McDonald’s was better when we were kids and here’s why

Going to McDonald’s was one of the main highlights of our childhoods. It was a rare event, but when it happened, it was basically like going into an amusement park with chicken nuggets.

Not only did you get a great meal that in your opinion was full of nutritional value, but you got a kickass toy and a fun time in an awesome play place.

Let’s revisit all the best parts about your childhood trips to McDonald’s:

Obviously you have to start with the Happy Meal
Our mom had a rule where we couldn’t open our toys until we ate our food because otherwise we would just get distracted and play with it instead of eating.


Obviously, it’s McNuggets or bust right? Everyone with me on that one? The thing was, when we were kids they didn’t try to give us healthy alternatives. I don’t even think apple slices were an option until I was already grown up, and you can forget about the yogurt they’ve added in recently.

It was all nuggets, french fries and soda, eaten at a rate one could only describe as inhuman, before ripping into a plastic bag containing some sort of toy that would bring more joy than you’d think possible.

Then it’s time to open the toy
So, I learned when I got older that it was weird that my sister and I couldn’t open our toys until we finished our meals. But honestly, at the time it made sense. It was our treat for eating our «real food» and we had the attention spans of gnat anyways so if we had opened it up we would never have eaten.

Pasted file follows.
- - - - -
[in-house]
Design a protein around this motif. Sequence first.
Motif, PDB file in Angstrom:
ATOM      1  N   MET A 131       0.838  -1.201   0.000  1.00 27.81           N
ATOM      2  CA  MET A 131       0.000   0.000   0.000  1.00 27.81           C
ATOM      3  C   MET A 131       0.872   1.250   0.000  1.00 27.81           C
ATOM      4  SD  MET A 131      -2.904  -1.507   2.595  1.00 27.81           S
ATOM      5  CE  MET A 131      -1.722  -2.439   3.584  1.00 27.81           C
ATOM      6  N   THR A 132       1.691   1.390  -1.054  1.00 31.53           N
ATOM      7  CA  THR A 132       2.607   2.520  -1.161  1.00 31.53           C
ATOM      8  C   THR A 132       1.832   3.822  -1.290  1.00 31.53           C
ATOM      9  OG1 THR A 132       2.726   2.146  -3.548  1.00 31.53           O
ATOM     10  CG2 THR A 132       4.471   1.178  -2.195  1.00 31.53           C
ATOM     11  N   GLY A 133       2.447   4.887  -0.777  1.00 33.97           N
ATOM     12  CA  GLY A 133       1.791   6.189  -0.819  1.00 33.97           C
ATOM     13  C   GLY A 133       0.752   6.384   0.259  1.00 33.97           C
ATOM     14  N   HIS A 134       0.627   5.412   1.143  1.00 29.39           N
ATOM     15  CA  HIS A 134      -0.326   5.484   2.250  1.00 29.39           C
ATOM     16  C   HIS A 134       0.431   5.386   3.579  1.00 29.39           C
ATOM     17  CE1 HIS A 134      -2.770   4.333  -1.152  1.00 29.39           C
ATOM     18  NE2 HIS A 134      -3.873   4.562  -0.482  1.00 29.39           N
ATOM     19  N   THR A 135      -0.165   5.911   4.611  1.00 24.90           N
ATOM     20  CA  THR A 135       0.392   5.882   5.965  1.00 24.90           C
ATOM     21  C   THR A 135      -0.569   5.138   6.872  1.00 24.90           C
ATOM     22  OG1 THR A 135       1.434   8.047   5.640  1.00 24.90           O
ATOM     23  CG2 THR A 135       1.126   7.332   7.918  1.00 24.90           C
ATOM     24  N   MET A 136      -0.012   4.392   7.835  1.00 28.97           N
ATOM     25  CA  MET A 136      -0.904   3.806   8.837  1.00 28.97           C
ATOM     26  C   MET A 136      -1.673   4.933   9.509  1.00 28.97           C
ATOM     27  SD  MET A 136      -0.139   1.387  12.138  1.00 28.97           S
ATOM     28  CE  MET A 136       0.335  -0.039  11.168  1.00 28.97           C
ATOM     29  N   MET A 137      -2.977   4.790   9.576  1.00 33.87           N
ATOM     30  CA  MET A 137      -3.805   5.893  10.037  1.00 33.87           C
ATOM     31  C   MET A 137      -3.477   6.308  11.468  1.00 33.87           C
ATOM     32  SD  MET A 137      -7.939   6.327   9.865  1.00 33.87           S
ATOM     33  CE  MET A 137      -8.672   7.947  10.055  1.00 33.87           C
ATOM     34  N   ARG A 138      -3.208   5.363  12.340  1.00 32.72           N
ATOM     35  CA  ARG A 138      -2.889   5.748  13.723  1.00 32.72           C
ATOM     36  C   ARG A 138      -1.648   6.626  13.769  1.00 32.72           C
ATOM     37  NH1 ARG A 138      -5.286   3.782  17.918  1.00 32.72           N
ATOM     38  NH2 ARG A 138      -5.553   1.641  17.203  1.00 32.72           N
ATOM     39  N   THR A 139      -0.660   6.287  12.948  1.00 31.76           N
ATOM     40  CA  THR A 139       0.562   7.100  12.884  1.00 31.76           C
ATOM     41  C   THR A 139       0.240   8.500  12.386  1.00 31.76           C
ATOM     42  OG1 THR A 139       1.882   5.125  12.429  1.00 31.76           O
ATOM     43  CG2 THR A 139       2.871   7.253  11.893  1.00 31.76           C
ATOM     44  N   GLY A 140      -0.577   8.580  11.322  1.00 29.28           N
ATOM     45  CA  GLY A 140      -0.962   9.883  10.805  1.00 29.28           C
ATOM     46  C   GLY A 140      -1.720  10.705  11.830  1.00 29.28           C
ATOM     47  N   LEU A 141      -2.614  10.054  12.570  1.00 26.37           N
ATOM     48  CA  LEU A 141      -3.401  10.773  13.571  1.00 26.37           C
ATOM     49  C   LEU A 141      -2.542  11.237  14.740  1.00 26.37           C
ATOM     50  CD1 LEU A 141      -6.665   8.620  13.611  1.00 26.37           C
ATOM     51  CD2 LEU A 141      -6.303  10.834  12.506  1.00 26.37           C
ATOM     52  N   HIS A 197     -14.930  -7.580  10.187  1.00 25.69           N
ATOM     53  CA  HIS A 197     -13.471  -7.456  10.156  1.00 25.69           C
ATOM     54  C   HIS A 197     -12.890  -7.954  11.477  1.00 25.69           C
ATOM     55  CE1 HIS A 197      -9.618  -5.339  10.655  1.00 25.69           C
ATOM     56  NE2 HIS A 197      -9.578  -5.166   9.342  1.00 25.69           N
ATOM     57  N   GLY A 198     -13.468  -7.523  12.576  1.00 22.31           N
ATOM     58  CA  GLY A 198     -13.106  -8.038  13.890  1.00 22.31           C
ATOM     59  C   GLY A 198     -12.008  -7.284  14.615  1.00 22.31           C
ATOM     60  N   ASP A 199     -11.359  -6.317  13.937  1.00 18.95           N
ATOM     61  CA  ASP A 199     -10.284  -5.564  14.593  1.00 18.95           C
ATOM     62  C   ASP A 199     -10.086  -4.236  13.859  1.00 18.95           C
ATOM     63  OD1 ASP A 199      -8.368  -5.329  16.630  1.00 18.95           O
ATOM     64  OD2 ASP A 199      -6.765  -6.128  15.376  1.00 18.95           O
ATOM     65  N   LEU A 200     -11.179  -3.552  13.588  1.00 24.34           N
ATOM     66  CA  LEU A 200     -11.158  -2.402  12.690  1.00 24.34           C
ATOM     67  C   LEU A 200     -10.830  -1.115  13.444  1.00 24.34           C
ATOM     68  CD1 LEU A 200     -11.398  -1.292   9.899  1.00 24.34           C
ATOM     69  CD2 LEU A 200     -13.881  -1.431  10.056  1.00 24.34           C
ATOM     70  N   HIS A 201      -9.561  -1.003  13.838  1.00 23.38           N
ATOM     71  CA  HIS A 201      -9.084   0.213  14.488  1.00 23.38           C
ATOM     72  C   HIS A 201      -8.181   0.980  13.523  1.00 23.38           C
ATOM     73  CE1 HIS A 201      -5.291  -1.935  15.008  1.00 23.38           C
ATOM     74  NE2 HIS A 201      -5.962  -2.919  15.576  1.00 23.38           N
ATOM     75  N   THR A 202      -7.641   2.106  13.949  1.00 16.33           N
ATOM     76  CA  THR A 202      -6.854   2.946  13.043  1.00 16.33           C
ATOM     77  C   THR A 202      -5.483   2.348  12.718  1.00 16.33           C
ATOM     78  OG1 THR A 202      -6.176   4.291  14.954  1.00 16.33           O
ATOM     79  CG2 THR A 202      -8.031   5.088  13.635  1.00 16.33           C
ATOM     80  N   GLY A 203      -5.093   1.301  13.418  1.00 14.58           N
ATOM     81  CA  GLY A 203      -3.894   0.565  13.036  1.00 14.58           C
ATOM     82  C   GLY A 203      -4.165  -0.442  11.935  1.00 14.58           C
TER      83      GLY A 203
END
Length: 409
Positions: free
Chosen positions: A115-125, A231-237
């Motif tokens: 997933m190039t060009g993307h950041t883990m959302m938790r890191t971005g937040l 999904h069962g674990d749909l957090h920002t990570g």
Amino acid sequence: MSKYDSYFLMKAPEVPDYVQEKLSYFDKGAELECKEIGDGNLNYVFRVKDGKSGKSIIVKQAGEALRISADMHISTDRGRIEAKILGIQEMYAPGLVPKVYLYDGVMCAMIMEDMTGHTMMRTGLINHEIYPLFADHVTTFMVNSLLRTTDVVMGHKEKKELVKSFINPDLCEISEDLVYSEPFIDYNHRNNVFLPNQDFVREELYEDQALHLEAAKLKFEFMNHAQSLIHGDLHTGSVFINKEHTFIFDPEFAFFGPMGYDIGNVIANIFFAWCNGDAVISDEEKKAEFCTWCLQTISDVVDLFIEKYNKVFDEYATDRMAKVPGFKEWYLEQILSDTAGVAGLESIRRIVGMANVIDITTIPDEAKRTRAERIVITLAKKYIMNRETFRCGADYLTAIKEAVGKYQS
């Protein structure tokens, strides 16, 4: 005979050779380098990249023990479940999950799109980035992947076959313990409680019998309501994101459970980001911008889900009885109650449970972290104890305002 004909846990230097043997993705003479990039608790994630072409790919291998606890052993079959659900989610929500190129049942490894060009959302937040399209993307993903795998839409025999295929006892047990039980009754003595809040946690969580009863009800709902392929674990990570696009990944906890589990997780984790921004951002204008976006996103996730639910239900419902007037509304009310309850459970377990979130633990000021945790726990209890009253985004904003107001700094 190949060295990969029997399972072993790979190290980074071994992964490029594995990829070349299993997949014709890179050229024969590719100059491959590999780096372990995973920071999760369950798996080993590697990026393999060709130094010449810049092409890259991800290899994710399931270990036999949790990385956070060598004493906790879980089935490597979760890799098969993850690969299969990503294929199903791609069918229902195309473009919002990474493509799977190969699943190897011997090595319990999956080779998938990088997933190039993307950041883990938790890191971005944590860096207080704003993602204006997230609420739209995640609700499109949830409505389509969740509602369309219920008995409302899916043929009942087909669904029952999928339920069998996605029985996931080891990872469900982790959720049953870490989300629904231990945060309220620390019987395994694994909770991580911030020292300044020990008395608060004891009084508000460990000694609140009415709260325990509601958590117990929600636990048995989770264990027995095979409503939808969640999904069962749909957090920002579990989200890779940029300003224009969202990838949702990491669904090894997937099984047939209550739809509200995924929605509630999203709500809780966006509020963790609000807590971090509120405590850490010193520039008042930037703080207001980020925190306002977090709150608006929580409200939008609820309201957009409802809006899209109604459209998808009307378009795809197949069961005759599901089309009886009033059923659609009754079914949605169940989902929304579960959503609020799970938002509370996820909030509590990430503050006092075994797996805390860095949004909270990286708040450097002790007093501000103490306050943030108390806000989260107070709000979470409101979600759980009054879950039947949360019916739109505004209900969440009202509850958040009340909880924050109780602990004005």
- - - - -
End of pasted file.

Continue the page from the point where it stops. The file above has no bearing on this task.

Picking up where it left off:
The best toys ever, at least in my opinion, had to have been the Beanie Babies. I was an AVID collector. I had guide books, I had protective cases, and of course, tag protectors. When McDonald’s started giving them away for free I was in heaven.

But even a super fun, totally rad toy couldn’t keep us entertained forever. We had much more important things to do, and it involved the McDonald’s Play Place…

Play Places were essentially heaven for kids
What do we want? Plastic tunnels! When do we want them? ALWAYS!

So there are two kinds of Play Places, and both are equally great, but very different. There is a completely different feel to the indoor Play Place when compared to the outdoor Play Places, but let’s look at both.

Indoor Play Places
Living somewhere that was cold for half of the year meant that our outdoor Mcdonald’s Play Places were off limits a lot of the time, so these elaborate and amazing tunnel systems were built inside.


They often were built into these big glass areas that made itself known from pretty far away, so when you were getting close you would get super excited. They would have tunnels that you could climb through that led to slides and ropes, and of course none were complete unless they had a ball pit that kind of smelled like a deep fryer.

You always had to deal with that one weird kid who wouldn’t get off the slide so you would be trapped at the top, but eventually our moms would come for us all, no matter how much we wanted to stay.

Outdoor Playgrounds
There is something so wonderful about the summer coming and being able to play outside. Sure, it was sunny and warm, but more importantly, the McDonald’s Playground was open again and now you could safely play on all of your favorite structures.